Breaking the Stigma of the Male Nurse

Breaking the Stigma of the Male Nurse

Coming from a family of physicians, Michael Ward, vice president of the American Association for Men in Nursing, was interested in pursuing medicine. Instead of earning a bachelor’s degree in a typical pre-med subject like biology, he thought nursing school could give him experience and an upper hand in applying to medical school. Instead, he found that nursing was a better career for him. 

“The thing that I expected to find in medicine, I have found in nursing,” Ward said. “I found that I was actually going to have more time with patients, and I was going to be able to be involved in taking care of people in a way that physicians are not really able to do.”

Ward’s initial oversight of the nursing profession is not uncommon. The current world of nursing is made up mostly of women, with men making up around 10% of the nursing workforce (licensed practical and licensed vocational nurses, registered nurses and nurse practitioners), according to the Bureau of Labor Statistics’ (BLS) 2019 labor force data

The lack of representation of men, along with other less represented populations in nursing, highlights an untapped resource that could help address the ongoing nursing shortage in health care. Breaking the stigma of men in nursing can help build out the workforce and improve the quality of care for patients.

How Many Male Nurses Are There?

While nursing started as a profession mostly held by men, the workforce began to shift in the 1800s through the influence of Florence Nightingale and her 1860 text, Notes on Nursing, prefaced with the assertion that “every woman is a nurse.” 

While the skill sets needed to be a nurse are not limited to one sex, the field of nursing continues to be dominated by women, and the stigma around men who choose the profession remains. 

Shawn Rodgers, RN, BSN, works as an OR charge nurse in Denver, Colorado. While he feels comfortable in his role and when working with his team, he does get the occasional comment from other male health care workers.  

“[They] ask, ‘Why are you a nurse?’ or ‘Why didn’t you go to medical school?’” Rodgers said. 
Such questions may be spurred by a misunderstanding of the role nurses play in health care, as well as the lack of men in the profession. According to the Bureau of Labor Statistics’ (BLS) 2019 labor force data, men made up the following percentages of the nursing workforce in 2019:

9%

Licensed practical and licensed vocational nurses

11%

Registered nurses

12%

Nurse practitioners

Ward said that male nurses tend to gravitate toward certain areas of practice, including critical care settings, such as the ICU and the emergency room. Rodgers agreed, adding that certain areas of practice see far less male nurses. 

“When I went through nursing school, I encountered one male nurse in [the hospital’s] massive OB unit,” Rogers said.

Why Male Nurses Are Needed

According to Ward, there is a general need for the nursing profession to better mirror the population nurses serve. He emphasized not only the need for more men but also for more health care professionals from other underrepresented groups.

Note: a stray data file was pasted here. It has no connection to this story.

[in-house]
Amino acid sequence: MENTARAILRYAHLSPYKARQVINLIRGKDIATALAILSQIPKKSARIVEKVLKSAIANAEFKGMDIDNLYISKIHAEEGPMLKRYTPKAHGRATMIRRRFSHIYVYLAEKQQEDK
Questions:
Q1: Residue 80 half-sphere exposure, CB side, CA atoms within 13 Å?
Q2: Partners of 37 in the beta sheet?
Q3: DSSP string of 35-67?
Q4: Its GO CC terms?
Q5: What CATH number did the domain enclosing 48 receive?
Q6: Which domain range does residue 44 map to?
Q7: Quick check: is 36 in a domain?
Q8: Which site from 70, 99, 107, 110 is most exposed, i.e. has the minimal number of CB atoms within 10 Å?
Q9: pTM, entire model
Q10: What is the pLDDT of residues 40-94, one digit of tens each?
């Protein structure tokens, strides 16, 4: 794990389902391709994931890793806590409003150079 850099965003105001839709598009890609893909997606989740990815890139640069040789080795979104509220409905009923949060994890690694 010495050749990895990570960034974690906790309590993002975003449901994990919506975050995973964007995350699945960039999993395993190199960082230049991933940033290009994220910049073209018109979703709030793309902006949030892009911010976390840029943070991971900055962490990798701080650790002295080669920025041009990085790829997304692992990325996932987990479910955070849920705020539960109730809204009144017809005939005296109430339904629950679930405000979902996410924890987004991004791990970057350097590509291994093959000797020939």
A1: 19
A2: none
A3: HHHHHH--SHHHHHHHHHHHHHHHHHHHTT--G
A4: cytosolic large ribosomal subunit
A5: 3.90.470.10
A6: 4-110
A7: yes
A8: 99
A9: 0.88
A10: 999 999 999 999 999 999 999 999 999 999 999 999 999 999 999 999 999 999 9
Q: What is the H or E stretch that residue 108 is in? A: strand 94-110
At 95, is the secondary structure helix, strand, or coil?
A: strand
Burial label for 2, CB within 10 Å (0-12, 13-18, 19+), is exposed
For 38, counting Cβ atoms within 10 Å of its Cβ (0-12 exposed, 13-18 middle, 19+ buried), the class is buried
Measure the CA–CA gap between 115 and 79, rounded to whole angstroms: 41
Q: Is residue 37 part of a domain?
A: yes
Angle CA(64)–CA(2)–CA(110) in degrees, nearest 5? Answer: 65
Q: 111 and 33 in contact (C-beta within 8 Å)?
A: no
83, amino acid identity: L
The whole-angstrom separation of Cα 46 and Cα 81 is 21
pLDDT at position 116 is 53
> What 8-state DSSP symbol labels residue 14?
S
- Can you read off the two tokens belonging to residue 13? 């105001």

“Bringing men into nursing isn’t just bringing white men into nursing—it’s bringing Hispanic men into nursing, it’s bringing Black men into nursing, it’s bringing Asian men into nursing,” Ward said. “We’re bringing all these diverse populations into the nursing profession to improve care delivery and to be there for our patients.”

Nursing employment by gender and race, 2019

According to 2019 occupation data from the U.S. Bureau of Labor Statistics, women filled the majority of nursing positions; men made up 9% of LPNs and LVNs, 11% of RNs and 12% of NPs. The majority of nurses employed were white. Go to a tabular version at the bottom of this page. Go to a tabular version of Nursing Employment by Gender and Race at the bottom of this page.

Expanding the idea of who can or cannot be a nurse is also an opportunity to expand the pool of talent needed to fill the nursing shortage, Ward said. 

According to the BLS, employment of registered nurses is projected to grow 7% from 2019 to 2029, while employment of nurse anesthetists, nurse midwives and nurse practitioners is expected to increase by 45%.

This increased need for nurses is largely due to the aging baby boomer population, paired with the impending retirement of many nurses currently in the field.

Misconceptions About Men in Nursing

What do you call a male nurse?

There is no gender-specific name or title for a male nurse. Women and men in the field of nursing are all called “nurse.” 

Can you refuse a male nurse?

Yes, nurses are typically willing to switch out patients to meet this type of request when it is possible, based on staffing.   

Can I request a male nurse?

Male patients may feel more comfortable with a male nurse and can make this request. Being assigned a male nurse, however, may depend on staffing. 

Can male nurses work with female patients?

Similar to how women in nursing treat male, female, nonbinary and intersex patients, so can male nurses. 


The following section includes tabular data from the graphic in this post.

Nursing Employment by Gender and Race, 2019

Demographic RN NP LPN/LVN
Total employed 3,242,000 225,000 687,000
Women 88.9% 87.8% 90.8%
Men 11.1% 12.2% 9.2%
White 75.9% 76.6% 67%
Black or African American 12.4% 12.2% 27%
Asian 9.2% 9.9% 3.3%
Hispanic or Latino 7.2% 2.6% 13.8%

Source: U.S. Bureau of Labor Statistics. Labor Force Statistics from the Current Population Survey. 2019. Accessed October 30, 2020. https://www.bls.gov/cps/cpsaat11.htm

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